"Love is not all," warned the poet Edna St. Vincent Millay. "It is not meat nor drink / Nor slumber nor a roof against the rain." She was right, of course, but if there were ever any advice destined to fall on stubbornly deaf ears, this is it. Love is not all, but it always feels like it is, whether you're happily partnered or bereft.
Early on in Charles Moore's biography of Margaret Thatcher, he describes a birthday party at which a school friend tells the future prime minister, "If you don't stop bossing us, I shall stamp on your foot."
The Supreme Court did not hand down any of the big opinions we were waiting for. That means that as its 2012 term comes to a close, we are still waiting for major decisions on gay marriage, affirmative action and voting rights.
The Court will hand down decisions again on Monday at 10 a.m. ET. We'll be here.
But, lest you think it didn't make any news today, it did hand down three opinions:
Good morning. I'm Renee Montagne. Parisians are known for turning up their noses, especially at tourists. Now the city is looking to show a little love. A new campaign is distributing 30,000 pamphlets called "Do You Speak Touriste?" The pamphlet lets Parisians know that Italians like handshakes, Chinese respond to a smile and a hello in Chinese. And Americans, the pamphlet says, well, we like to feel the prices are fair. It's MORNING EDITION. Transcript provided by NPR, Copyright NPR.
Good morning, I'm Steve Inskeep with news of a miracle save. A one-year-old boy climbed out the window of an upper floor apartment. Suddenly that baby was dangling from an awning of a yogurt shop on Manhattan's East side. The parents were asleep. The baby fell safely into the arms of Cristina Torre. The daughter of baseball manager and former catcher Joe Torre made the catch herself. Joe Torre tells the New York Post his daughter always did have quick hands.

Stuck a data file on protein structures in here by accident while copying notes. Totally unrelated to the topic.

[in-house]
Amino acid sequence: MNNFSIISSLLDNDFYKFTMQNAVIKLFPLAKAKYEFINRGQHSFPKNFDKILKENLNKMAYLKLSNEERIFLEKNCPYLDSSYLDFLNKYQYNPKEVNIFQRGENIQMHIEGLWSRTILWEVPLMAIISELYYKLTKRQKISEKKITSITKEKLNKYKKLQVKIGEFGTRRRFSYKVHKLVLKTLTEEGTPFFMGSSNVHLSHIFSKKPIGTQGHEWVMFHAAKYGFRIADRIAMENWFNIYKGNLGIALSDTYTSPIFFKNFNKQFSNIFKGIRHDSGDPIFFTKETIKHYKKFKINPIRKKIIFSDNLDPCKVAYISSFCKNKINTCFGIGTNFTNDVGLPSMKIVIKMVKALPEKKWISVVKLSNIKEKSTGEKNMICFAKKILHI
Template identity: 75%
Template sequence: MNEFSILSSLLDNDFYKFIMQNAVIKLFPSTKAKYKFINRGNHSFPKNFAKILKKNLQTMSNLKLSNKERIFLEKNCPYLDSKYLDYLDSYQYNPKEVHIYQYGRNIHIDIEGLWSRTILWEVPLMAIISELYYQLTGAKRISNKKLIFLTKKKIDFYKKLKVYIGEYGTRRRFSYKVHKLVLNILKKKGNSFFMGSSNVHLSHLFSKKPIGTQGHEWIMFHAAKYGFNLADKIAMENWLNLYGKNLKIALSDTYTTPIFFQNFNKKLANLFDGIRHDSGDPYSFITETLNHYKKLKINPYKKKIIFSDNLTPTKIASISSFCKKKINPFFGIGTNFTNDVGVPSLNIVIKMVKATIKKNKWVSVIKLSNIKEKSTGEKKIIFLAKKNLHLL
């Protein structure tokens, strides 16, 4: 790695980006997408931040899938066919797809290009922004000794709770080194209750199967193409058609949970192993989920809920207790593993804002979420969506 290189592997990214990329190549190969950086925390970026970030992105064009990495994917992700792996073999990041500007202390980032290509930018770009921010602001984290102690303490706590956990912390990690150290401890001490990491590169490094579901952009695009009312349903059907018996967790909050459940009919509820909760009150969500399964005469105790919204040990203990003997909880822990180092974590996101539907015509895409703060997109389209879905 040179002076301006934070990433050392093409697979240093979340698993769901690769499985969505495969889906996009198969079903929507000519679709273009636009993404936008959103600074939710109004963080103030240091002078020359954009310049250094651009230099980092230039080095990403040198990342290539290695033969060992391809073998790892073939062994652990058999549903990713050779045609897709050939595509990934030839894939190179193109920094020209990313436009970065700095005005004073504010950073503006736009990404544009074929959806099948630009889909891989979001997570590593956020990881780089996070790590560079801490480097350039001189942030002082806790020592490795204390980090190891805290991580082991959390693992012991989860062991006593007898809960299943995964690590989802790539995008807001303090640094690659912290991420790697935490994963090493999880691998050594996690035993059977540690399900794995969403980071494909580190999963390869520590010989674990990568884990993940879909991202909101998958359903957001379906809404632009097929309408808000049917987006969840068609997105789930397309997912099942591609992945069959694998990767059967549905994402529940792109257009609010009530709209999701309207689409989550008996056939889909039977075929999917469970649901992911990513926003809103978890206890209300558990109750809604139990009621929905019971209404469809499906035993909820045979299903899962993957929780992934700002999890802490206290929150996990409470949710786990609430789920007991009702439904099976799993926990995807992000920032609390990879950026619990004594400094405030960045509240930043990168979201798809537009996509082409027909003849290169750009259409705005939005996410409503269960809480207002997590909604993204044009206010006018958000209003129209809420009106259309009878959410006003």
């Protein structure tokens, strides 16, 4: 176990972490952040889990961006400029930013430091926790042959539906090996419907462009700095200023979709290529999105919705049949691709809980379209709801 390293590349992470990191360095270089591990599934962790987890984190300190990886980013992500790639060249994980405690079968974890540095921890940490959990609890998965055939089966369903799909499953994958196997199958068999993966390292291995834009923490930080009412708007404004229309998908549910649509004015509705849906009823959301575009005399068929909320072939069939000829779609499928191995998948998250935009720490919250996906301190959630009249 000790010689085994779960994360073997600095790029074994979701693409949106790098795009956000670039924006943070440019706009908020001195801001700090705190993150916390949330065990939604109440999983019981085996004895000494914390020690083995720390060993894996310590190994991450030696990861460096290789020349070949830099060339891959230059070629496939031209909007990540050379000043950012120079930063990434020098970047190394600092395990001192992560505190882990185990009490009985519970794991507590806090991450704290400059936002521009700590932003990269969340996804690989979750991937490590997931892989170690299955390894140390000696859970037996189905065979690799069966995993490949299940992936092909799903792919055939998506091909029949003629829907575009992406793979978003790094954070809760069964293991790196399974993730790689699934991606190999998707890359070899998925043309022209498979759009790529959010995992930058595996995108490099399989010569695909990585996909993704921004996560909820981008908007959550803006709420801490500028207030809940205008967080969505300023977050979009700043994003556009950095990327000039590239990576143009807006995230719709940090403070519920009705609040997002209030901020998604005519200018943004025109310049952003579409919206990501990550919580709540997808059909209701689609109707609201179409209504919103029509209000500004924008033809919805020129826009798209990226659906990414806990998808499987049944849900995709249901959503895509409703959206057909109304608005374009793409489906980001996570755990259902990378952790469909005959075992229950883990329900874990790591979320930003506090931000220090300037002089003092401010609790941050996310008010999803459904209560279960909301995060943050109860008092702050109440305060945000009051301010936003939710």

It's MORNING EDITION. Transcript provided by NPR, Copyright NPR.
On a Thursday, it's MORNING EDITION from NPR News. I'm Steve Inskeep.
RENEE MONTAGNE, HOST:
And I'm Renee Montagne. Good Morning.
In one of his final appearances on Capitol Hill, normally media-shy FBI Director Robert Mueller made some news. Mueller, who's retiring in September, acknowledged that the FBI has started to deploy unarmed drones in the U.S. Still, he played down how often agents use those drones.
And let's report on some changes in the American clothing world. George Zimmer, of Men's Wearhouse, might still like the way he looks, but we can guarantee he doesn't like this. The famous face - and gravelly voice - and founder of the company, is out. The company gave no reason for the abrupt firing. But Zimmer is speaking out, as NPR's David Schaper reports.
DAVID SCHAPER, BYLINE: His graying beard is instantly familiar. And he speaks with that signature deep, gravelly voice when delivering this famous tagline:
Those Chinese figures helped Asian markets to take a big tumble today, as did yesterday's comments by Federal Reserve Chairman Ben Bernanke. He said the Fed will likely begin slowing down its economic stimulus later this year. The Fed's massive bond buying program - which is a major part of that stimulus - is seen as a big reason behind recent rallies in the financial market.
MONTAGNE: Output in the eurozone's service and manufacturing sectors is still falling. But this quarter, that output fell at its slowest rate in more than a year, according to a recent survey. Analysts say that could mean a return to growth could be on the horizon.
The 51-year-old actor died on Wednesday in Rome. Reports attribute his death to a heart attack. Gandolfini had been a character actor for years before he was given a chance to read for Tony Soprano in a new series about a New Jersey mob boss HBO was producing in the late 90s.